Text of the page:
0 actions
+ expand
View more images (8)

Description


A superb early 19th Century Derby twin handled porcelain basket. It dates to the late Georgian period around 1820. This lovely example has a large central reserve hand painted with birds. The the finely painted birds are almost certainly by Richard Dodson who was an expert in this area and they are very attractively done as you can see in the images.

The body of the basket features extensive and elaborate gilt work over a white ground. It is also gilded to the underside. There are moulded lion head masks to the corners of the basket. The Derby crossed baton mark in red is featured to the underside.

A very showy piece which would make a great feature item.


Condition


One corner has some professional restoration, this has been done very well and is invisible for all practical purposes. This corner is shown in close Read more

0 actions
+ expand
View larger images (4)
 

Description
 

A hand painted art pottery bowl by listed artist Bohuslav Barlow.  Barlow (born 1947) works in the North East of the UK and is most noted for his paintings.  He also produced limited numbers of ceramics, this piece dating to the late 1970's and was exhibited at the Manor House Gallery in 1978.

The bowl is of hand thrown tapering form and has a speckled glaze to the outer walls.  The interior is painted with a stylised nude and cherub in the classical taste and has a soft sheen glaze.  A very attractive item from this most accomplished artist.  The base is incised BB.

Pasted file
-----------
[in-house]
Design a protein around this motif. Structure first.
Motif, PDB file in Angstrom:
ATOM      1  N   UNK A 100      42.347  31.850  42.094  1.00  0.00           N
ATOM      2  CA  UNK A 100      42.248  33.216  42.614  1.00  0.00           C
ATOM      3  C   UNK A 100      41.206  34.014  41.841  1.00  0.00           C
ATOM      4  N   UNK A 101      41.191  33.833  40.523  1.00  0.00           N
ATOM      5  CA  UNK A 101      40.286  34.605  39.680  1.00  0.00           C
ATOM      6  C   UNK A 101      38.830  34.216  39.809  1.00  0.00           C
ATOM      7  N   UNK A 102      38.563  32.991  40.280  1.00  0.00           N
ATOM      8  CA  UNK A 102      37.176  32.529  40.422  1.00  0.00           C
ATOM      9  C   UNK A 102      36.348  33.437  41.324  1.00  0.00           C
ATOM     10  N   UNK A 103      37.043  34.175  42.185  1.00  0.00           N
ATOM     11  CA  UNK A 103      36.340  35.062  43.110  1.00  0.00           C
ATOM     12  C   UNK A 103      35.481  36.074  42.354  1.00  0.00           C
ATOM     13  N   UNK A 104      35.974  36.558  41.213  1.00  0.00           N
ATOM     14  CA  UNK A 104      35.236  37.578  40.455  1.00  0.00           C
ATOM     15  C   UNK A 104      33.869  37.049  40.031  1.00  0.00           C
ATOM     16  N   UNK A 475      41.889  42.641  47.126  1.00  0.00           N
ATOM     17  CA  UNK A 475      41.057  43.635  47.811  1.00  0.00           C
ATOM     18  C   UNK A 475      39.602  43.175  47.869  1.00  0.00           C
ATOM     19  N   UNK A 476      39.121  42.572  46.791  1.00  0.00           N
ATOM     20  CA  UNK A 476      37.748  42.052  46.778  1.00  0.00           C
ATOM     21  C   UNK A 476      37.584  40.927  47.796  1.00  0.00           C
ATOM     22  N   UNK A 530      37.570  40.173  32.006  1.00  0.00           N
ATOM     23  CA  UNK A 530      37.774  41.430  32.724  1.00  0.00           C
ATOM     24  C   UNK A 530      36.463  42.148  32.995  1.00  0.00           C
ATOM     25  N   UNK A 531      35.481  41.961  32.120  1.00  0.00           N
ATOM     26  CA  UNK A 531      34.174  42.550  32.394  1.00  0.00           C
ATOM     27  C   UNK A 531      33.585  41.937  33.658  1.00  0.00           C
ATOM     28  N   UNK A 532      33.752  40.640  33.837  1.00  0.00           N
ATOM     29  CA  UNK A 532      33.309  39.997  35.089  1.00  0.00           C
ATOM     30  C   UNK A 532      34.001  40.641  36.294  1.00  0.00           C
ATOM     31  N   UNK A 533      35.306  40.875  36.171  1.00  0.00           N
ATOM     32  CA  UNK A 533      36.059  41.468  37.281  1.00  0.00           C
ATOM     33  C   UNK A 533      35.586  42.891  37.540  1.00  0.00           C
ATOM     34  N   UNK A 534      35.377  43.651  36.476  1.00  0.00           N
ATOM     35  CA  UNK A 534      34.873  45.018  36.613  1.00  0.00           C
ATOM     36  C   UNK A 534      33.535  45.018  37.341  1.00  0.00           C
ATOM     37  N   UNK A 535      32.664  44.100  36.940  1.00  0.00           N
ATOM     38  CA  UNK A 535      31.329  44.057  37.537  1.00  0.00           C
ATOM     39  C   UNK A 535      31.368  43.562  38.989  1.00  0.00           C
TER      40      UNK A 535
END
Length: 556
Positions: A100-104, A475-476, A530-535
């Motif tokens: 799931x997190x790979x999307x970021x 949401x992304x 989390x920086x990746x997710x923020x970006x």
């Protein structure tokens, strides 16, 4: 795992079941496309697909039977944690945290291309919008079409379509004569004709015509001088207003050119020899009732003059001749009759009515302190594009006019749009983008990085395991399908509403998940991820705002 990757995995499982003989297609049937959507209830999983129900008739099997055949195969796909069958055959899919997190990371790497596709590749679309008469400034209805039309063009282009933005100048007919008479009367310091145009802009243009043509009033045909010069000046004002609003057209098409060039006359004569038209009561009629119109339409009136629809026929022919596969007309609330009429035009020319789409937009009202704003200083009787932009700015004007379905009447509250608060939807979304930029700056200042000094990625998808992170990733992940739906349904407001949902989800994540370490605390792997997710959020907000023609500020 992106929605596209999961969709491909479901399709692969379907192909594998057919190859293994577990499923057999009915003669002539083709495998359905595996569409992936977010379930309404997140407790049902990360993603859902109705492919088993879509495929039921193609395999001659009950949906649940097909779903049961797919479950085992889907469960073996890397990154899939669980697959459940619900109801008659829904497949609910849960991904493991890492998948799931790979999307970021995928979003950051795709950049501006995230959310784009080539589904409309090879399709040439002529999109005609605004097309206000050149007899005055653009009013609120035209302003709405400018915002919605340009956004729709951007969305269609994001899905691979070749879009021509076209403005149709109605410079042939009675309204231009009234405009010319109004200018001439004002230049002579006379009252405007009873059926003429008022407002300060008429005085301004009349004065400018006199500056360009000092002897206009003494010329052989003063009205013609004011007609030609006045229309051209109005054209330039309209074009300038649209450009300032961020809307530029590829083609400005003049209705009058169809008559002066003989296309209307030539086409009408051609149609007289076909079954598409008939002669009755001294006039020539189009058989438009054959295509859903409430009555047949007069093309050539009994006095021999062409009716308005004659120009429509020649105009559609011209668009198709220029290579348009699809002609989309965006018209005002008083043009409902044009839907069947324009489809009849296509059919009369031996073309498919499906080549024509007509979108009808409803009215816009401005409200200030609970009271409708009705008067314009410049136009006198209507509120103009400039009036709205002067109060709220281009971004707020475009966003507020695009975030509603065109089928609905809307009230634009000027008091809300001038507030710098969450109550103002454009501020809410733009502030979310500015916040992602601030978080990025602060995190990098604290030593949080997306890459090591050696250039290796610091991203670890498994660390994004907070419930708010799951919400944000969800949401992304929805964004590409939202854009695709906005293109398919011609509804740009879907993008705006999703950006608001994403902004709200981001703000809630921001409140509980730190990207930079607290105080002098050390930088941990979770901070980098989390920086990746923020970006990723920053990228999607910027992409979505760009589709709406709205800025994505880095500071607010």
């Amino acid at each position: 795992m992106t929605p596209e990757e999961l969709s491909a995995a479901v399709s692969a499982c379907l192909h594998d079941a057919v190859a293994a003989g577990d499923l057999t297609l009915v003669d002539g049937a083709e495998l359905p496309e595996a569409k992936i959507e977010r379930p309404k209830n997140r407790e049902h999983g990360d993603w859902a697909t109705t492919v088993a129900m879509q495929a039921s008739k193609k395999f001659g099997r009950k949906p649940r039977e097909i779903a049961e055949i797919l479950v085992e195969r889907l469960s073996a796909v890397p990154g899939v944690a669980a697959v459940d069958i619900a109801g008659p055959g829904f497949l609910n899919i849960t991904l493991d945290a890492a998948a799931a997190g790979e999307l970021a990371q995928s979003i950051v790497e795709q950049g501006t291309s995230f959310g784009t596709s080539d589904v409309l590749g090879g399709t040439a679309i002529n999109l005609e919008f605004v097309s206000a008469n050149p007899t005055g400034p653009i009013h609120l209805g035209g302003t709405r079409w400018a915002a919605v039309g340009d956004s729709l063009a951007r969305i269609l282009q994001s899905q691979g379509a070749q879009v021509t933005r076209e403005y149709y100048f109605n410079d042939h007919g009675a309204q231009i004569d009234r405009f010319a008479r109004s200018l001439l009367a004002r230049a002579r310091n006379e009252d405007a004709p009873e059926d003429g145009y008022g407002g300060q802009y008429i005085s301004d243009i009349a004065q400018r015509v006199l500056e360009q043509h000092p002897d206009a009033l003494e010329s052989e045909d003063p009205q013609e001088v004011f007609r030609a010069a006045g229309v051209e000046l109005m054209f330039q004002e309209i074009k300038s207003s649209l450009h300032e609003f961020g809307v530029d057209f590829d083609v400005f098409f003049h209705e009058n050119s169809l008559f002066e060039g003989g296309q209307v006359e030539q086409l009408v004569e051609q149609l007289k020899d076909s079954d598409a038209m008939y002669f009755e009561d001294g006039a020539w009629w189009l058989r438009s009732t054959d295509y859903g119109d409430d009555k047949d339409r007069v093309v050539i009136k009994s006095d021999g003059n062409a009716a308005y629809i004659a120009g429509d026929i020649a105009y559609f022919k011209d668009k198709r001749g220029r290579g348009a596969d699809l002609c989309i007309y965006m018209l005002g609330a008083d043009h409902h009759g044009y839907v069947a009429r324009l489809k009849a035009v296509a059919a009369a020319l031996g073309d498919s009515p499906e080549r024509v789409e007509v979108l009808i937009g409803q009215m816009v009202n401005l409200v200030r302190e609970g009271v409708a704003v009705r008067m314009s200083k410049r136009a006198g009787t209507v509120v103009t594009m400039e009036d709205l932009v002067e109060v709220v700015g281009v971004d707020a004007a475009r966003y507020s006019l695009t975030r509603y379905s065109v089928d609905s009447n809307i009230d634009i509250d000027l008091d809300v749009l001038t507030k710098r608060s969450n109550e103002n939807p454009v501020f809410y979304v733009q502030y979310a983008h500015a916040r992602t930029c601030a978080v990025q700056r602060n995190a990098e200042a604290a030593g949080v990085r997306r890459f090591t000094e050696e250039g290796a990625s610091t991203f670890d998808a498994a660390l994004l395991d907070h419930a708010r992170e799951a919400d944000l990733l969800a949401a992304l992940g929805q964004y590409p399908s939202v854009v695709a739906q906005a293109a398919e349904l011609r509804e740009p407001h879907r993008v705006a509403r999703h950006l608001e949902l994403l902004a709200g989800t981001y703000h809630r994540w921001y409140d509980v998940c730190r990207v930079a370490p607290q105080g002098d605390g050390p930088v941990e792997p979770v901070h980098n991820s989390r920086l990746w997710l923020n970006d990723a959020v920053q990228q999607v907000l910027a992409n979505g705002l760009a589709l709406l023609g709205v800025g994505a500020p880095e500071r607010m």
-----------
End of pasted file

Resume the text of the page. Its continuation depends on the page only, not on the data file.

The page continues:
Condition


Excellent order, no damage. Minor potting/glaze inconsistencies as expected for a hand thrown and glazed item



Approx Dimensions

Height 9 cms (3.5 inches)

Width 22 cms (8.6 inches)  at rim

Weight 900 grams (before packing) Read more


0 actions
+ expand
View more images (8)

Description


A beautiful late 19th Century Thomas Webb cameo glass vase. It has a blue ground with white cameo. The cameo is in the form of flowers and leaves in naturalistic form and this extends around the front half of the vase. To the reverse is a butterfly shown in close up in image 6 for you. This is a typical feature of Webb cameo.

There are no makers marks which is correct for this type of piece. The foot rim has two rings of white overlay and the neck has been etched in cell format.

A beautiful looking piece with nice colour as you can see in the images.

Condition


Good order. Minor flaws in the glass and cameo cutting as typical for these items. A couple of open tiny air bubbles in the cameo cutting through normal production. One very small nick to white area on foot rim probably through production cutting visible in image 3 for you. Slight fritting around the Read more

0 actions
+ expand
View larger images (4)
 

Description


A three tier cakestand made from 3 antique Wedgwood Chestnut pattern plates. Each plate is the same size giving this example a good capacity for cakes, fancies etc. The plates have the Wedgwood marks the undersides and date around 1880 or so. The metal fittings are modern, and the base plate has had 3 rubber feet added to prevent scratching to the table/furniture it stands on.